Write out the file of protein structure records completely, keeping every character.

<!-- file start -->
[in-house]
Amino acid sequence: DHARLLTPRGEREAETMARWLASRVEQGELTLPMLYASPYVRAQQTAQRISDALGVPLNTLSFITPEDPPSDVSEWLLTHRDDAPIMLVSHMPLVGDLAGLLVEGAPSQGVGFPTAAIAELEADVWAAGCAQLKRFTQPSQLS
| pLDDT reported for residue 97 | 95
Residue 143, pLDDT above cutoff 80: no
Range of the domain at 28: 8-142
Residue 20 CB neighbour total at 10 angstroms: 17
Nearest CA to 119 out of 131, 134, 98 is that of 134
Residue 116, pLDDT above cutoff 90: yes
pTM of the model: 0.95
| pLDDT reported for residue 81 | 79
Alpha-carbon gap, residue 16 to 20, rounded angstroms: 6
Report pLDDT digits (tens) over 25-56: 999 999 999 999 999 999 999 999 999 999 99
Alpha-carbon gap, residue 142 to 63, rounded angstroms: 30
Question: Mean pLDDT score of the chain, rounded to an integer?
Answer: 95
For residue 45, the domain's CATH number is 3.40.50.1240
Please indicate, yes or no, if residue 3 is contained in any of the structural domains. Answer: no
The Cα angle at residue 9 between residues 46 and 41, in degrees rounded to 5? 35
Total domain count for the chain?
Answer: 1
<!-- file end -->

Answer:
[in-house]
Amino acid sequence: DHARLLTPRGEREAETMARWLASRVEQGELTLPMLYASPYVRAQQTAQRISDALGVPLNTLSFITPEDPPSDVSEWLLTHRDDAPIMLVSHMPLVGDLAGLLVEGAPSQGVGFPTAAIAELEADVWAAGCAQLKRFTQPSQLS
| pLDDT reported for residue 97 | 95
Residue 143, pLDDT above cutoff 80: no
Range of the domain at 28: 8-142
Residue 20 CB neighbour total at 10 angstroms: 17
Nearest CA to 119 out of 131, 134, 98 is that of 134
Residue 116, pLDDT above cutoff 90: yes
pTM of the model: 0.95
| pLDDT reported for residue 81 | 79
Alpha-carbon gap, residue 16 to 20, rounded angstroms: 6
Report pLDDT digits (tens) over 25-56: 999 999 999 999 999 999 999 999 999 999 99
Alpha-carbon gap, residue 142 to 63, rounded angstroms: 30
Question: Mean pLDDT score of the chain, rounded to an integer?
Answer: 95
For residue 45, the domain's CATH number is 3.40.50.1240
Please indicate, yes or no, if residue 3 is contained in any of the structural domains. Answer: no
The Cα angle at residue 9 between residues 46 and 41, in degrees rounded to 5? 35
Total domain count for the chain?
Answer: 1